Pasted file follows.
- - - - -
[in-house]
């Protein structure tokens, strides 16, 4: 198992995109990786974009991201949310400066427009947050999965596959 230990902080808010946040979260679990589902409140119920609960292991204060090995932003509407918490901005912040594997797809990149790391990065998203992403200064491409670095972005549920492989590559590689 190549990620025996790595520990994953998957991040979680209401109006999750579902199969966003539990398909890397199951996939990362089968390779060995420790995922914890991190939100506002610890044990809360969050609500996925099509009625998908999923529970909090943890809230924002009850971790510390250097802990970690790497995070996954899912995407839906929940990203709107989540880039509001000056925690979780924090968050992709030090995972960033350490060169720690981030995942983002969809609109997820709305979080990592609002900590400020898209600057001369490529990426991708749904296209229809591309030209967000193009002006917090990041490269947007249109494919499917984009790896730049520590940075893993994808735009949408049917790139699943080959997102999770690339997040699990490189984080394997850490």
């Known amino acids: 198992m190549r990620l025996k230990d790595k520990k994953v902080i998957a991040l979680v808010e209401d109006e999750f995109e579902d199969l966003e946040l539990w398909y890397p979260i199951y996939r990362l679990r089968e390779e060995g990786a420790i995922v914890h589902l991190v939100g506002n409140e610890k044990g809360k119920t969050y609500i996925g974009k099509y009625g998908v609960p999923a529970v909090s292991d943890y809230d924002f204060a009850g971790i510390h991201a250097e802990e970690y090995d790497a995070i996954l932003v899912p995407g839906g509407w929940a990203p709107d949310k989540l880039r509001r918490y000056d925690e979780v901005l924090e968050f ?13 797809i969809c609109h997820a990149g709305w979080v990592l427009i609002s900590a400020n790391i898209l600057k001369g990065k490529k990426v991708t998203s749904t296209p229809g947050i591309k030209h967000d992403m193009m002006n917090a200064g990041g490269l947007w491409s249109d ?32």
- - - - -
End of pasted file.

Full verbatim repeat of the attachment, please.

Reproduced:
[in-house]
């Protein structure tokens, strides 16, 4: 198992995109990786974009991201949310400066427009947050999965596959 230990902080808010946040979260679990589902409140119920609960292991204060090995932003509407918490901005912040594997797809990149790391990065998203992403200064491409670095972005549920492989590559590689 190549990620025996790595520990994953998957991040979680209401109006999750579902199969966003539990398909890397199951996939990362089968390779060995420790995922914890991190939100506002610890044990809360969050609500996925099509009625998908999923529970909090943890809230924002009850971790510390250097802990970690790497995070996954899912995407839906929940990203709107989540880039509001000056925690979780924090968050992709030090995972960033350490060169720690981030995942983002969809609109997820709305979080990592609002900590400020898209600057001369490529990426991708749904296209229809591309030209967000193009002006917090990041490269947007249109494919499917984009790896730049520590940075893993994808735009949408049917790139699943080959997102999770690339997040699990490189984080394997850490």
């Known amino acids: 198992m190549r990620l025996k230990d790595k520990k994953v902080i998957a991040l979680v808010e209401d109006e999750f995109e579902d199969l966003e946040l539990w398909y890397p979260i199951y996939r990362l679990r089968e390779e060995g990786a420790i995922v914890h589902l991190v939100g506002n409140e610890k044990g809360k119920t969050y609500i996925g974009k099509y009625g998908v609960p999923a529970v909090s292991d943890y809230d924002f204060a009850g971790i510390h991201a250097e802990e970690y090995d790497a995070i996954l932003v899912p995407g839906g509407w929940a990203p709107d949310k989540l880039r509001r918490y000056d925690e979780v901005l924090e968050f ?13 797809i969809c609109h997820a990149g709305w979080v990592l427009i609002s900590a400020n790391i898209l600057k001369g990065k490529k990426v991708t998203s749904t296209p229809g947050i591309k030209h967000d992403m193009m002006n917090a200064g990041g490269l947007w491409s249109d ?32």